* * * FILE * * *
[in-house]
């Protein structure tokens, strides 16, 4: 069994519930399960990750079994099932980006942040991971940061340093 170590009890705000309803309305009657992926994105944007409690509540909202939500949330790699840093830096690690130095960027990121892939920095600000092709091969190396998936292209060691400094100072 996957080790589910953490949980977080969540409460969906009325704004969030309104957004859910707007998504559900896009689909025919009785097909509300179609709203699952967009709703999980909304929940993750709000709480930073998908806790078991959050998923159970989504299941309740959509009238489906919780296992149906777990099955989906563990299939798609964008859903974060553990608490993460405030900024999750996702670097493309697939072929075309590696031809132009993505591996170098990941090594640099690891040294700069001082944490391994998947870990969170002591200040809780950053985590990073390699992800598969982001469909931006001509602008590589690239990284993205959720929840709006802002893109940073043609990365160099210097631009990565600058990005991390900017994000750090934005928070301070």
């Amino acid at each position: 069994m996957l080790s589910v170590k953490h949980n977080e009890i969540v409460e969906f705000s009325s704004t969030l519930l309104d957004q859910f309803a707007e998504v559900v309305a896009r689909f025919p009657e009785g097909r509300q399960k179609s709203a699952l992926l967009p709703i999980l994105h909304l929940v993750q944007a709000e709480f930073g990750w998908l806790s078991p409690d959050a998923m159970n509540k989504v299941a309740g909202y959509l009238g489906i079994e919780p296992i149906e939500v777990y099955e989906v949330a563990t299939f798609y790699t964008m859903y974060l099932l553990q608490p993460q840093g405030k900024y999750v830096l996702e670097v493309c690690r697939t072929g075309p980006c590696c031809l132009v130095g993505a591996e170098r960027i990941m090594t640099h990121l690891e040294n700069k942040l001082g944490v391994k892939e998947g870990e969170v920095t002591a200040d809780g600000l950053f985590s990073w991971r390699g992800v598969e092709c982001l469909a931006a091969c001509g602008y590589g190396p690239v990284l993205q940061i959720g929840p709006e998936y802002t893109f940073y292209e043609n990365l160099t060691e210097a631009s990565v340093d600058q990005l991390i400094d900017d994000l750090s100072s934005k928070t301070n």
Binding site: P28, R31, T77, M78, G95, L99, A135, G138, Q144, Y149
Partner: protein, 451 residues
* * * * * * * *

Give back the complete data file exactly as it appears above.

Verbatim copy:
[in-house]
């Protein structure tokens, strides 16, 4: 069994519930399960990750079994099932980006942040991971940061340093 170590009890705000309803309305009657992926994105944007409690509540909202939500949330790699840093830096690690130095960027990121892939920095600000092709091969190396998936292209060691400094100072 996957080790589910953490949980977080969540409460969906009325704004969030309104957004859910707007998504559900896009689909025919009785097909509300179609709203699952967009709703999980909304929940993750709000709480930073998908806790078991959050998923159970989504299941309740959509009238489906919780296992149906777990099955989906563990299939798609964008859903974060553990608490993460405030900024999750996702670097493309697939072929075309590696031809132009993505591996170098990941090594640099690891040294700069001082944490391994998947870990969170002591200040809780950053985590990073390699992800598969982001469909931006001509602008590589690239990284993205959720929840709006802002893109940073043609990365160099210097631009990565600058990005991390900017994000750090934005928070301070």
């Amino acid at each position: 069994m996957l080790s589910v170590k953490h949980n977080e009890i969540v409460e969906f705000s009325s704004t969030l519930l309104d957004q859910f309803a707007e998504v559900v309305a896009r689909f025919p009657e009785g097909r509300q399960k179609s709203a699952l992926l967009p709703i999980l994105h909304l929940v993750q944007a709000e709480f930073g990750w998908l806790s078991p409690d959050a998923m159970n509540k989504v299941a309740g909202y959509l009238g489906i079994e919780p296992i149906e939500v777990y099955e989906v949330a563990t299939f798609y790699t964008m859903y974060l099932l553990q608490p993460q840093g405030k900024y999750v830096l996702e670097v493309c690690r697939t072929g075309p980006c590696c031809l132009v130095g993505a591996e170098r960027i990941m090594t640099h990121l690891e040294n700069k942040l001082g944490v391994k892939e998947g870990e969170v920095t002591a200040d809780g600000l950053f985590s990073w991971r390699g992800v598969e092709c982001l469909a931006a091969c001509g602008y590589g190396p690239v990284l993205q940061i959720g929840p709006e998936y802002t893109f940073y292209e043609n990365l160099t060691e210097a631009s990565v340093d600058q990005l991390i400094d900017d994000l750090s100072s934005k928070t301070n």
Binding site: P28, R31, T77, M78, G95, L99, A135, G138, Q144, Y149
Partner: protein, 451 residues